Mercedes-Benz revealed the production 300 SL ‘Gullwing’ alongside the similarly styled 190 SL at the 1954 International Motor Sports Show in New York. The glitzy occasion came just six months after the board had gratuitously succumbed to the American Mercedes agent Max Hoffman’s tireless pleas for a sports car to offer his well-heeled clientele. Derived from the successful purpose-built 300 SL racing cars, the ‘Gullwing’ proved immediately popular, despite its eye-watering 29,000 DM price tag. To put that into perspective, the Mercedes 170 Vb was on sale at the same time for a mere 7,900 DM.
A conservative palette
We wonder if it was the aforementioned price tag that caused so many customers to order their cars in the standard metallic silver. A whopping 530 (or 39%) of the 1,400 Mercedes 300 SLs built were delivered in this colour – that’s some 27% more than white, which was the second most popular colour. Towards the end of the car’s production in 1956 and 1957, customers became more adventurous in their colour choices. In addition to ten standard colours, Mercedes was able to offer special orders for almost any shade imaginable. These included a light ivory, an ivy green and a ‘Moonstone’ grey, among many others.
Time and a place
Personal preference dictates that, regardless of whether a car is in wonderfully original condition, has been lovingly maintained or is fabulous to drive, colour is still arguably the most pivotal factor while buying a car. We are largely guided by our tastes and characters when it comes to colour, and it’s often all too easy to follow the crowd in the quest for understatement. As the old saying goes, there’s a time and a place for everything, and with summer giving us a tantalising taste of things to come, we think this cyan-coloured Mercedes 300 SL ‘Gullwing’ currently for sale at DPM Motors in Monaco is perfect.
The original special-order shade (officially called ‘Ice Blue’ and believed to be unique) is in your face, to say the least, yet actually flatters the sensuous and graceful shape of the 300 SL’s body remarkably. We can’t recall seeing a ‘Gullwing’ in this colour before – it’s a little flatter and a little brighter than the factory’s standard light blue – and we’re scratching our heads as to why. Sure, it’s bound to split opinion and generate attention in equal measure, but what did you expect driving a 300 SL?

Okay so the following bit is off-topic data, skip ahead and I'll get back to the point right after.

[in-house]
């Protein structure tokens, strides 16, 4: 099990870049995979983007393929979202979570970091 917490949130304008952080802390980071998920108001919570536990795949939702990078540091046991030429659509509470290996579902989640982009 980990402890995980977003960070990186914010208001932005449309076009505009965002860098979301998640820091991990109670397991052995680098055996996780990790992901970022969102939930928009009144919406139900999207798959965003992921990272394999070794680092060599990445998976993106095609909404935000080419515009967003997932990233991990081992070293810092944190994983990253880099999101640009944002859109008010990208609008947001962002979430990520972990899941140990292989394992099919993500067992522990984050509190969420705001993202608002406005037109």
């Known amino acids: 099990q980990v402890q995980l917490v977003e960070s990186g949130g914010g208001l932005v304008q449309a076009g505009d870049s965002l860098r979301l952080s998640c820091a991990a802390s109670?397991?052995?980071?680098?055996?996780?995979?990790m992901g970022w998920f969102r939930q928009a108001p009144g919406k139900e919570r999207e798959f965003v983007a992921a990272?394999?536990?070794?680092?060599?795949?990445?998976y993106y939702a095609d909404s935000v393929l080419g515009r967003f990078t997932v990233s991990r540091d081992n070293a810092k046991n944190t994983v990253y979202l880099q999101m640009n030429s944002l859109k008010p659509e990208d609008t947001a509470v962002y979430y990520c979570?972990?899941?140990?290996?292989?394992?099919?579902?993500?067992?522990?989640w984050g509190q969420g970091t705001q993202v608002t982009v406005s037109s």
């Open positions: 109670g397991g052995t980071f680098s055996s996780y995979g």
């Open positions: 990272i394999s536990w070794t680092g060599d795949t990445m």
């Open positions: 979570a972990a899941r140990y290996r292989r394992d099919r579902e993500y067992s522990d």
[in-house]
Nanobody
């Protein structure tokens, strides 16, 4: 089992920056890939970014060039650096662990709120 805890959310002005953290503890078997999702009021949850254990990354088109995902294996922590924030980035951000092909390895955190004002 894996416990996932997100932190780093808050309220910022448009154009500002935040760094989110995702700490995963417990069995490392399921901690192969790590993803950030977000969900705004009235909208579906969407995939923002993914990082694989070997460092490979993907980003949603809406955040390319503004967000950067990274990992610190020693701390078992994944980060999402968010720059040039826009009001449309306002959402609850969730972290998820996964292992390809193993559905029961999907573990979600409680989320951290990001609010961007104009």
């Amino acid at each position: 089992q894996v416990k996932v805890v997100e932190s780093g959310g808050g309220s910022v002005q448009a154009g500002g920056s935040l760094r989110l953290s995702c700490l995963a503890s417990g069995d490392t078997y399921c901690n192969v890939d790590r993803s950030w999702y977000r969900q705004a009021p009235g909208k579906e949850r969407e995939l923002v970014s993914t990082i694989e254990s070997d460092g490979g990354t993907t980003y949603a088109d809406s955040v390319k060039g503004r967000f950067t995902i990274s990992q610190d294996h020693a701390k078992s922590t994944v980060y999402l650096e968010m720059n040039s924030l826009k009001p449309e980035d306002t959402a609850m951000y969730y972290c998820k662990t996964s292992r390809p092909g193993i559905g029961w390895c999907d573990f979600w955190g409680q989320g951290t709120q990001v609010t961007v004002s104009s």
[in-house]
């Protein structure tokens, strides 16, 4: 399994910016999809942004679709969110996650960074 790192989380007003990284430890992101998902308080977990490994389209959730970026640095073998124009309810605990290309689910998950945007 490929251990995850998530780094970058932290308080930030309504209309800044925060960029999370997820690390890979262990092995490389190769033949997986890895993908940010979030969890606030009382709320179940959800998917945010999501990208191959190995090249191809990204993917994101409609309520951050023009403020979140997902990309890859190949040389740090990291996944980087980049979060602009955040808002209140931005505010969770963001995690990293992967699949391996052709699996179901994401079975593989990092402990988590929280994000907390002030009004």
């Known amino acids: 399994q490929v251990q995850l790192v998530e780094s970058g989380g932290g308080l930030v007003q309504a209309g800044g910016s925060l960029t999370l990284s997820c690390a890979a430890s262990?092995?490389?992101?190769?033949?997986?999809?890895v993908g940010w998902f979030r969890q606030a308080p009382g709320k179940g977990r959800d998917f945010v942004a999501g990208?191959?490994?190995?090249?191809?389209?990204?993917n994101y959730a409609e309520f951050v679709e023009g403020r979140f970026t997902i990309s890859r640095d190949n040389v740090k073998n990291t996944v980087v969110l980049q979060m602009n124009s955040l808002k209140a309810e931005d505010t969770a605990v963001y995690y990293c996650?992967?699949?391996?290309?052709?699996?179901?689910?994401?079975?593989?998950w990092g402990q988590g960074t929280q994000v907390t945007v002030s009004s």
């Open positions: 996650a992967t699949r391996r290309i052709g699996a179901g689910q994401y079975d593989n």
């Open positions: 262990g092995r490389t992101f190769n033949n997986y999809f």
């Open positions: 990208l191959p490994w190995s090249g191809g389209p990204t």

Casino Square style
It’s inside where this car really steals our attention, though. The tasteful deep red leather contrasts beautifully with the exterior hue, which punctuates the snug and scultpured interior in the inlay of the bold dashboard. It seems everywhere you look the red is complemented by lashings of blue, and there’s even some ivory vying for attention in the form of the steering wheel and gear knob. We lust to clamber into the cabin (with a little help from the folding steering wheel), nestle into those sumptuous buckets and go for a relaxed cruise around Monte-Carlo, perhaps even cocking a door skyward as we arrive in Casino Square.
A 1956 model, this 300 SL was extensively restored several years ago, and is on the button and ready to go. Why not buck the trend this summer, and try something different? You certainly won’t find another cyan-coloured 300 SL at any of the events you’ll be invited to, either – we’re quite sure the same can’t be said of silver…
Photos: Rémi Dargegen for Classic Driver © 2016